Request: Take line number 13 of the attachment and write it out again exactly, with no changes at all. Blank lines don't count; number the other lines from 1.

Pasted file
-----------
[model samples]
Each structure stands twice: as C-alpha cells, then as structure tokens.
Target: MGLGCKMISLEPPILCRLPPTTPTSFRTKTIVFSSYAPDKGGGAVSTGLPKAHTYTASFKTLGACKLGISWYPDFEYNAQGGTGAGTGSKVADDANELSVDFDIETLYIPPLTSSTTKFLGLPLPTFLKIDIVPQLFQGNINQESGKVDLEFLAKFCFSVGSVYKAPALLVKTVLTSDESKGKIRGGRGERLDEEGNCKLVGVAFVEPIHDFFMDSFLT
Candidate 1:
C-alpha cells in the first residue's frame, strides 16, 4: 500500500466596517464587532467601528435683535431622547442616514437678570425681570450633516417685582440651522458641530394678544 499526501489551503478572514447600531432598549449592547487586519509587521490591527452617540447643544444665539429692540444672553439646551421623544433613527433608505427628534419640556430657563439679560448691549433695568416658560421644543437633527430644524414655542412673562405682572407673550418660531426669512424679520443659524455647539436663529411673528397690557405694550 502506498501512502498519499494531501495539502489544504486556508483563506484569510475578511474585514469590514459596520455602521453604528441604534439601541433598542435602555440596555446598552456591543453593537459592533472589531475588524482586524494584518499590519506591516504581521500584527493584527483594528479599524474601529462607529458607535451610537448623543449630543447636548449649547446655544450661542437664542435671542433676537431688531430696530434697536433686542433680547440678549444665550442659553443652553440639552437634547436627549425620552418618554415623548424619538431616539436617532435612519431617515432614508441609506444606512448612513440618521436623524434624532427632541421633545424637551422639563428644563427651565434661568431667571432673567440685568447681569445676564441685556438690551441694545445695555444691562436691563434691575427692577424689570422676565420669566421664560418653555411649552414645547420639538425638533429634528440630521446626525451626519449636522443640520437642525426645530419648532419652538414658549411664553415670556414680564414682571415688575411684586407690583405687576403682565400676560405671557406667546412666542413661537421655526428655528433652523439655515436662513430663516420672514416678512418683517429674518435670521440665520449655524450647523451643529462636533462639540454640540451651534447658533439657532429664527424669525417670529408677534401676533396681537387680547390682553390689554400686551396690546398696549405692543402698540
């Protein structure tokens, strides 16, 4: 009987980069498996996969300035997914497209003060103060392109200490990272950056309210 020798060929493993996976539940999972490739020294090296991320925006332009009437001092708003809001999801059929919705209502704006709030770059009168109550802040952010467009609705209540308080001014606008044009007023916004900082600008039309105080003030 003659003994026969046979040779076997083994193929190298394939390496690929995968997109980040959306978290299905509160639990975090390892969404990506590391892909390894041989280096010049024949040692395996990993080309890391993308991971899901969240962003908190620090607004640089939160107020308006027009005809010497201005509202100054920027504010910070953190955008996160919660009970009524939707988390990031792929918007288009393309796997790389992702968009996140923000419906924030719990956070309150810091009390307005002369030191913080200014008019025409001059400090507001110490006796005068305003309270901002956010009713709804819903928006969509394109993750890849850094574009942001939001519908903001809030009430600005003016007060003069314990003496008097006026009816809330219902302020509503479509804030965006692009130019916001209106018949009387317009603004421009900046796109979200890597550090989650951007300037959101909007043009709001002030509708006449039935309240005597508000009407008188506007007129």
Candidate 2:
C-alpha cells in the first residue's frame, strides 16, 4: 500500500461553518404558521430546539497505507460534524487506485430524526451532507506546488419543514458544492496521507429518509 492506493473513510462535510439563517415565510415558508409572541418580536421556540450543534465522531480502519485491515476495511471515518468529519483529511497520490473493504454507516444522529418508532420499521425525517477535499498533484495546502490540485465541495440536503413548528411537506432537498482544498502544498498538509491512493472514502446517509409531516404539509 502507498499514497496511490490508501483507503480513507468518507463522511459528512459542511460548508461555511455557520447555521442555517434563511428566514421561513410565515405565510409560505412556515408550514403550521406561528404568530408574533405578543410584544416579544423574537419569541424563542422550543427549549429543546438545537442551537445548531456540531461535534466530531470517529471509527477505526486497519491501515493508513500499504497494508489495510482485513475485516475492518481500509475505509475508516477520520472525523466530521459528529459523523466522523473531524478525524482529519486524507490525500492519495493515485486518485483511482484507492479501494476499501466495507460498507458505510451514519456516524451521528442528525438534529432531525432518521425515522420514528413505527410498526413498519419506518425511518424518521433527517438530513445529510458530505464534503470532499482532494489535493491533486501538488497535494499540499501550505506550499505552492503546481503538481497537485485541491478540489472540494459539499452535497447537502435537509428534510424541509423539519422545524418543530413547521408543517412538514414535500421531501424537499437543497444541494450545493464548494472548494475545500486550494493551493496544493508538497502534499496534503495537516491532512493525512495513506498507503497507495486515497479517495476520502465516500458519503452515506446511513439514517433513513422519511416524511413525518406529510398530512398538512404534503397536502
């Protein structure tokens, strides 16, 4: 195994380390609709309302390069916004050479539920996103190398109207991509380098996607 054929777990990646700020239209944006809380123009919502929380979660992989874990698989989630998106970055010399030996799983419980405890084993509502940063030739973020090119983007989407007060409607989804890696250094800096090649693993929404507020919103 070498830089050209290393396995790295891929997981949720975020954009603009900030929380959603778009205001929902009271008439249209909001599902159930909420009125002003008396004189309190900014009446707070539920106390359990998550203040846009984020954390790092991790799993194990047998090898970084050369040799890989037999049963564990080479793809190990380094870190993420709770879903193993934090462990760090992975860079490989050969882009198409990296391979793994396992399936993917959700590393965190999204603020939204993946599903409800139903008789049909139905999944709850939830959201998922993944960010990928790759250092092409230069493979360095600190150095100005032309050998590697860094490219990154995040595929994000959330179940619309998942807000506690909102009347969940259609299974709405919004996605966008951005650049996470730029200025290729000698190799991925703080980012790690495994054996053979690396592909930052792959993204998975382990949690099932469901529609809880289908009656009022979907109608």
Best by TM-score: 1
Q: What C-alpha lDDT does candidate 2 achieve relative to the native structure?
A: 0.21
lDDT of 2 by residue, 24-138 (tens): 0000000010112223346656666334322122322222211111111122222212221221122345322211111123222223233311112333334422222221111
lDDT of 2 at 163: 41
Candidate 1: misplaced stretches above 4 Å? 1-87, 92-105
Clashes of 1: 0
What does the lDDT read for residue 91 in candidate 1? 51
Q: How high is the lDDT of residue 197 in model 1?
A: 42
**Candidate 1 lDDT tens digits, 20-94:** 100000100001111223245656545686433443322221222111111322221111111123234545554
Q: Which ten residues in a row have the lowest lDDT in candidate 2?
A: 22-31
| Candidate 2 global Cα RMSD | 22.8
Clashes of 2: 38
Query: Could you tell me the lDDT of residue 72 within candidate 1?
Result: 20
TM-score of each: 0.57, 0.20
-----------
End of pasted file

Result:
lDDT of 2 by residue, 24-138 (tens): 0000000010112223346656666334322122322222211111111122222212221221122345322211111123222223233311112333334422222221111